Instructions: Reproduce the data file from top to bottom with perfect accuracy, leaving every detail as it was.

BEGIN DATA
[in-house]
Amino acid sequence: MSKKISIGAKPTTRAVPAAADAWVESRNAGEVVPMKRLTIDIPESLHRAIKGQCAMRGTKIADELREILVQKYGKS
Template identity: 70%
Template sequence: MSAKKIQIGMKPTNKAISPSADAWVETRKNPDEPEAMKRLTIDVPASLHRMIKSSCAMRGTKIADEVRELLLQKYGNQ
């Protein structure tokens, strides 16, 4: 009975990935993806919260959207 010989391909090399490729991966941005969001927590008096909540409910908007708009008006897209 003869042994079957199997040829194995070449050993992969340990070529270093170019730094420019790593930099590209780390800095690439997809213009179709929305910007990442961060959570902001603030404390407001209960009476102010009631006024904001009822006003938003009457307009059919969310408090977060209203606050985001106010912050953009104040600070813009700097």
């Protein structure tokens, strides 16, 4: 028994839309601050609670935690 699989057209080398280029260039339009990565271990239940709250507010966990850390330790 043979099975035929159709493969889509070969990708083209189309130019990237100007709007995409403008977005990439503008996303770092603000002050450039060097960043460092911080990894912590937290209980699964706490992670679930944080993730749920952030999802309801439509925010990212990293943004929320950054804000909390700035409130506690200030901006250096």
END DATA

[in-house]
Amino acid sequence: MSKKISIGAKPTTRAVPAAADAWVESRNAGEVVPMKRLTIDIPESLHRAIKGQCAMRGTKIADELREILVQKYGKS
Template identity: 70%
Template sequence: MSAKKIQIGMKPTNKAISPSADAWVETRKNPDEPEAMKRLTIDVPASLHRMIKSSCAMRGTKIADEVRELLLQKYGNQ
């Protein structure tokens, strides 16, 4: 009975990935993806919260959207 010989391909090399490729991966941005969001927590008096909540409910908007708009008006897209 003869042994079957199997040829194995070449050993992969340990070529270093170019730094420019790593930099590209780390800095690439997809213009179709929305910007990442961060959570902001603030404390407001209960009476102010009631006024904001009822006003938003009457307009059919969310408090977060209203606050985001106010912050953009104040600070813009700097």
């Protein structure tokens, strides 16, 4: 028994839309601050609670935690 699989057209080398280029260039339009990565271990239940709250507010966990850390330790 043979099975035929159709493969889509070969990708083209189309130019990237100007709007995409403008977005990439503008996303770092603000002050450039060097960043460092911080990894912590937290209980699964706490992670679930944080993730749920952030999802309801439509925010990212990293943004929320950054804000909390700035409130506690200030901006250096």